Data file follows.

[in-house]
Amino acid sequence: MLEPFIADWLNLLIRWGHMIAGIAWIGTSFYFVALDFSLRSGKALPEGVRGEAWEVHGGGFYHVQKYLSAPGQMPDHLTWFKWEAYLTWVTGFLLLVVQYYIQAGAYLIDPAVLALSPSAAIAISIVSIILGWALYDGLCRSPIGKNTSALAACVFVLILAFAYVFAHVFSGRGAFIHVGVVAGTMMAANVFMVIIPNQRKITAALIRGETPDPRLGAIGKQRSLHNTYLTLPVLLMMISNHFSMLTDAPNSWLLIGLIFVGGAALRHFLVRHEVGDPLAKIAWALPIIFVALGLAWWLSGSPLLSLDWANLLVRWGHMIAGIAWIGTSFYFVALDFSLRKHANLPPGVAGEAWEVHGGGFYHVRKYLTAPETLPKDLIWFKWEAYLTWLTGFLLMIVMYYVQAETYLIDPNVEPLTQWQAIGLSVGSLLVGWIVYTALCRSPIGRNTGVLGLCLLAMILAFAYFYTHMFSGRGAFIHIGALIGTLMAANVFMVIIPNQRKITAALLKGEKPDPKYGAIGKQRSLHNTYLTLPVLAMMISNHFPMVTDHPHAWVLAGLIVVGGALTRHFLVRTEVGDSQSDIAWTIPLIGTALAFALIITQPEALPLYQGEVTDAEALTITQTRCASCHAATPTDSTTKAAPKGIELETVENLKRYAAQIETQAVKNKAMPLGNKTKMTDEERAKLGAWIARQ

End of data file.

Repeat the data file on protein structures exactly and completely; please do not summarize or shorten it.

[in-house]
Amino acid sequence: MLEPFIADWLNLLIRWGHMIAGIAWIGTSFYFVALDFSLRSGKALPEGVRGEAWEVHGGGFYHVQKYLSAPGQMPDHLTWFKWEAYLTWVTGFLLLVVQYYIQAGAYLIDPAVLALSPSAAIAISIVSIILGWALYDGLCRSPIGKNTSALAACVFVLILAFAYVFAHVFSGRGAFIHVGVVAGTMMAANVFMVIIPNQRKITAALIRGETPDPRLGAIGKQRSLHNTYLTLPVLLMMISNHFSMLTDAPNSWLLIGLIFVGGAALRHFLVRHEVGDPLAKIAWALPIIFVALGLAWWLSGSPLLSLDWANLLVRWGHMIAGIAWIGTSFYFVALDFSLRKHANLPPGVAGEAWEVHGGGFYHVRKYLTAPETLPKDLIWFKWEAYLTWLTGFLLMIVMYYVQAETYLIDPNVEPLTQWQAIGLSVGSLLVGWIVYTALCRSPIGRNTGVLGLCLLAMILAFAYFYTHMFSGRGAFIHIGALIGTLMAANVFMVIIPNQRKITAALLKGEKPDPKYGAIGKQRSLHNTYLTLPVLAMMISNHFPMVTDHPHAWVLAGLIVVGGALTRHFLVRTEVGDSQSDIAWTIPLIGTALAFALIITQPEALPLYQGEVTDAEALTITQTRCASCHAATPTDSTTKAAPKGIELETVENLKRYAAQIETQAVKNKAMPLGNKTKMTDEERAKLGAWIARQ